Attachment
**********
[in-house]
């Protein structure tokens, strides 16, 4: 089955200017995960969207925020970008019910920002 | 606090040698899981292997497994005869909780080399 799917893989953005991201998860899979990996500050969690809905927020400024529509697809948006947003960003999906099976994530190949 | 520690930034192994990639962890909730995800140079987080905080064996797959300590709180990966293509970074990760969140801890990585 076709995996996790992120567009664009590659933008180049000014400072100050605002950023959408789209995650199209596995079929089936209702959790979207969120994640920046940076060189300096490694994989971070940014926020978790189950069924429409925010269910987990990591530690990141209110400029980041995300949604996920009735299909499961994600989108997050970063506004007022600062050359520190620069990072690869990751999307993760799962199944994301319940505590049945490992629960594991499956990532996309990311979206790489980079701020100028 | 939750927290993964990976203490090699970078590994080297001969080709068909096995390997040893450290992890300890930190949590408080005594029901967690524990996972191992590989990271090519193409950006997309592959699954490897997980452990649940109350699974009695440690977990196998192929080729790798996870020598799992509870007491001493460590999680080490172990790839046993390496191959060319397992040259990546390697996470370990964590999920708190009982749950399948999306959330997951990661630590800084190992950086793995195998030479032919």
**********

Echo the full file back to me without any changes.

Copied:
[in-house]
């Protein structure tokens, strides 16, 4: 089955200017995960969207925020970008019910920002 | 606090040698899981292997497994005869909780080399 799917893989953005991201998860899979990996500050969690809905927020400024529509697809948006947003960003999906099976994530190949 | 520690930034192994990639962890909730995800140079987080905080064996797959300590709180990966293509970074990760969140801890990585 076709995996996790992120567009664009590659933008180049000014400072100050605002950023959408789209995650199209596995079929089936209702959790979207969120994640920046940076060189300096490694994989971070940014926020978790189950069924429409925010269910987990990591530690990141209110400029980041995300949604996920009735299909499961994600989108997050970063506004007022600062050359520190620069990072690869990751999307993760799962199944994301319940505590049945490992629960594991499956990532996309990311979206790489980079701020100028 | 939750927290993964990976203490090699970078590994080297001969080709068909096995390997040893450290992890300890930190949590408080005594029901967690524990996972191992590989990271090519193409950006997309592959699954490897997980452990649940109350699974009695440690977990196998192929080729790798996870020598799992509870007491001493460590999680080490172990790839046993390496191959060319397992040259990546390697996470370990964590999920708190009982749950399948999306959330997951990661630590800084190992950086793995195998030479032919």